Lots of folks in lots of venues argue that cheap gear (belts, holsters, etc.) are fine for their purposes.  In this class, we saw some popular, inexpensive, and ubiquitous holsters and belts not survive and/or put the user at a huge disadvantage.  Mounting hardware broke, and some holsters even opened like a blooming flower, making it quite easy for the assailant to disarm the wearer.   And those “carry belts” made of leather or flimsy webbing were far less than ideal when retaining a weapon.  This class further reinforced the fact that none of the gear I own and use on a daily basis will have names like “Fobus,” “Blackhawk,” or “5.11” stamped on it, to name a few.


I will say that I did learn that my personal choices worked very well.  I am running a kydex holster (made of slightly thicker kydex) inside the waistband with quality mounting hardware, and an Ares Ranger belt.  The holster performed flawlessly, and the stiffness of the ranger belt kept the holster from twisting, making it harder for the assailant to remove the handgun from my holster and thus my control.  My choice of running a zero cant holster was also confirmed as the right call.  Those running canted holsters lost their guns much easier.  An added benefit my training partner and I discovered of my Ranger belt was that I was able to use the stiffness of the belt to my advantage.  If the assailant was able to get his hands on my pistol grip, I was able to apply painful pressure to his fingers between the grip and my belt by “leaning” on the gun side.  That pressure was often painful enough to cause him to remove his hands from the pistol, and he finished the day with black and blue and bleeding fingers.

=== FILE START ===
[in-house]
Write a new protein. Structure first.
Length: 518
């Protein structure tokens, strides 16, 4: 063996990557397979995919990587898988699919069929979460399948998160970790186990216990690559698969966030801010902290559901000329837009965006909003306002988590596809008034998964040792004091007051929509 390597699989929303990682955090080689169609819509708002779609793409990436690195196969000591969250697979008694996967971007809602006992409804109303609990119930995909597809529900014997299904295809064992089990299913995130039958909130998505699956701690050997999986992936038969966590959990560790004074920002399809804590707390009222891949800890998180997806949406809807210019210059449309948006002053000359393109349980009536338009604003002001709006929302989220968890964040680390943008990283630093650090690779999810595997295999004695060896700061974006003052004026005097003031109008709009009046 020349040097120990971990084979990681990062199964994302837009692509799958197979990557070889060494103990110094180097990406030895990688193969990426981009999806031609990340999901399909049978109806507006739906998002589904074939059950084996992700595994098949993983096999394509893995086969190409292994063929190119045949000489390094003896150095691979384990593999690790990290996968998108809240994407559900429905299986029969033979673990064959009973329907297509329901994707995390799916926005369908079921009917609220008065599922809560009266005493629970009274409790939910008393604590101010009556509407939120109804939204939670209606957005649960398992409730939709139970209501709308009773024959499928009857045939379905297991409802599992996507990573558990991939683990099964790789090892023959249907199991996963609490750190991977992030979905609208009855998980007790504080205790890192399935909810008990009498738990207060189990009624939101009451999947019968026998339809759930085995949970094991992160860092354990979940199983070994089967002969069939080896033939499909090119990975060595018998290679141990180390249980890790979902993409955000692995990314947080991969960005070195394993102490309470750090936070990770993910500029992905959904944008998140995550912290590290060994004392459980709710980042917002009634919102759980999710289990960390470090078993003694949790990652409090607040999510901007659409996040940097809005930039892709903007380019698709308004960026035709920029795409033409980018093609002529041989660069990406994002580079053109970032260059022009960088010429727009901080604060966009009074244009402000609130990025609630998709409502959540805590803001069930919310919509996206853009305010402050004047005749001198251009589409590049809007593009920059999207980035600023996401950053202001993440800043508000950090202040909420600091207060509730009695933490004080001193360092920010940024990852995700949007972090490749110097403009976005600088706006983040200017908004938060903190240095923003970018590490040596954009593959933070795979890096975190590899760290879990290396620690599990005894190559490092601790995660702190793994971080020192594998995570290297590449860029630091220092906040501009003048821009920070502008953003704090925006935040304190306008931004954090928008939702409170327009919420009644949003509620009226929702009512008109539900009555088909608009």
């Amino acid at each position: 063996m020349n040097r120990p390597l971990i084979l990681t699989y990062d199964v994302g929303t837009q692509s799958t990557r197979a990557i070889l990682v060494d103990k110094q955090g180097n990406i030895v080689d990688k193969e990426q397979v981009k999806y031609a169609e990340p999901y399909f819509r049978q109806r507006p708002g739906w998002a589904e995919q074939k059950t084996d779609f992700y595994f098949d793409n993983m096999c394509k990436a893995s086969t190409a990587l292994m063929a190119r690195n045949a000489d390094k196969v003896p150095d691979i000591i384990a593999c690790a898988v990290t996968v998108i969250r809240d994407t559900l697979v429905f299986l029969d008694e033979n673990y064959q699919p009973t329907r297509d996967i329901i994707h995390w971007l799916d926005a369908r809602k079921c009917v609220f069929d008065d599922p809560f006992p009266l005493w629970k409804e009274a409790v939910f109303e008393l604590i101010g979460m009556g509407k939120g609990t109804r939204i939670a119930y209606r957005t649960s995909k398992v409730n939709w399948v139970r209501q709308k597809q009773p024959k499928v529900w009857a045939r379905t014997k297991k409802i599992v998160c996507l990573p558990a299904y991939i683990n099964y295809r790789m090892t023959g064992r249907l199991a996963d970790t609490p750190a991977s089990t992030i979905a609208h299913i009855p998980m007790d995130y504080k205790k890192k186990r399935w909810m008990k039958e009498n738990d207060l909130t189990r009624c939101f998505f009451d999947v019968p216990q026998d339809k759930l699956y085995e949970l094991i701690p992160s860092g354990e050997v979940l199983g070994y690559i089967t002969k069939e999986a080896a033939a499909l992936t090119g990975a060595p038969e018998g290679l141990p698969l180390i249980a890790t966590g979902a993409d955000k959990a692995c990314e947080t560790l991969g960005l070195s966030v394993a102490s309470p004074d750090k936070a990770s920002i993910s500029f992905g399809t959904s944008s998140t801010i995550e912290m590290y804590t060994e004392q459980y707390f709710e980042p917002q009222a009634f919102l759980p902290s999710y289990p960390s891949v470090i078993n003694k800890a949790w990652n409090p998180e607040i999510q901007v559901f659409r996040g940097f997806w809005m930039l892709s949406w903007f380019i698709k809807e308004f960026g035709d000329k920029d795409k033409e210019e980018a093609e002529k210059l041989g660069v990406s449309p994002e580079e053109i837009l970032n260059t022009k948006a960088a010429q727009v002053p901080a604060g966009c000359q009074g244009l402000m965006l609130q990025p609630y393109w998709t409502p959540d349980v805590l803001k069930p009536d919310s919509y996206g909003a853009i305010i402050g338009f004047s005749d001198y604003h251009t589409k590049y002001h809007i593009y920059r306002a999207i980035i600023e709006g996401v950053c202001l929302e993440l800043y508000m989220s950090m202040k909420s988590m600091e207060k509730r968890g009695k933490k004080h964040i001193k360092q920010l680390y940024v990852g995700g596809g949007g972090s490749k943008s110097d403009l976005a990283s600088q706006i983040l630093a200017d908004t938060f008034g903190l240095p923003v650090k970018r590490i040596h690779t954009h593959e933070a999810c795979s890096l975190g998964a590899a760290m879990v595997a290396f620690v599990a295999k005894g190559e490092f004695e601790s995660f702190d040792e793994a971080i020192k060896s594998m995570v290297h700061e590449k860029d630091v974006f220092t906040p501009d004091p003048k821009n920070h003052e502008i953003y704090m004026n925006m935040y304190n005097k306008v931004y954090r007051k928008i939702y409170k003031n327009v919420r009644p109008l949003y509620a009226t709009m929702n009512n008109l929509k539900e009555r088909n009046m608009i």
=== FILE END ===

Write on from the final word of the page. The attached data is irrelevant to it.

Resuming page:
A word on the instructors – Chris and Steve were once again consummate professionals, and extremely competent and knowledgeable as instructors.  They have a great teaching style that is approachable and fun.  As with their live-fire classes, they offer true instruction and coaching.  Nothing feels like merely “drills with a little direction,” as some other “instructors” offer.  They have the ability to watch the student perform, and dissect and improve the student’s performance with insight and instruction.  In addition, what they teach is current and relevant, and not outdated doctrine based on “what has always been done.”  Those are big reasons why they are the only “local” outfit I trust to further my skills and recommend to my students.


If you are truly interested in furthering your ability to survive and prevail in a life or death struggle while defending your life or the lives of your loved ones, I highly recommend this class.  Running around the woods in skateboard helmets assaulting villages in groups or diving out of cars with carbines is fun and all, but it has little applicability in the real world for all but a very few people.   And depending on situational awareness and ninja cat-like reflexes and “spidey senses” is not adequate alone to keep you safe or give you a higher probability of success in the real world.  Be honest with yourself and think about how many times people have gotten too close to you on any given day, even when you are vigilant.  Classes like this, on the other hand, could make a difference between life or death.


Thanks for reading.



Leave a Reply

You must be logged in to post a comment.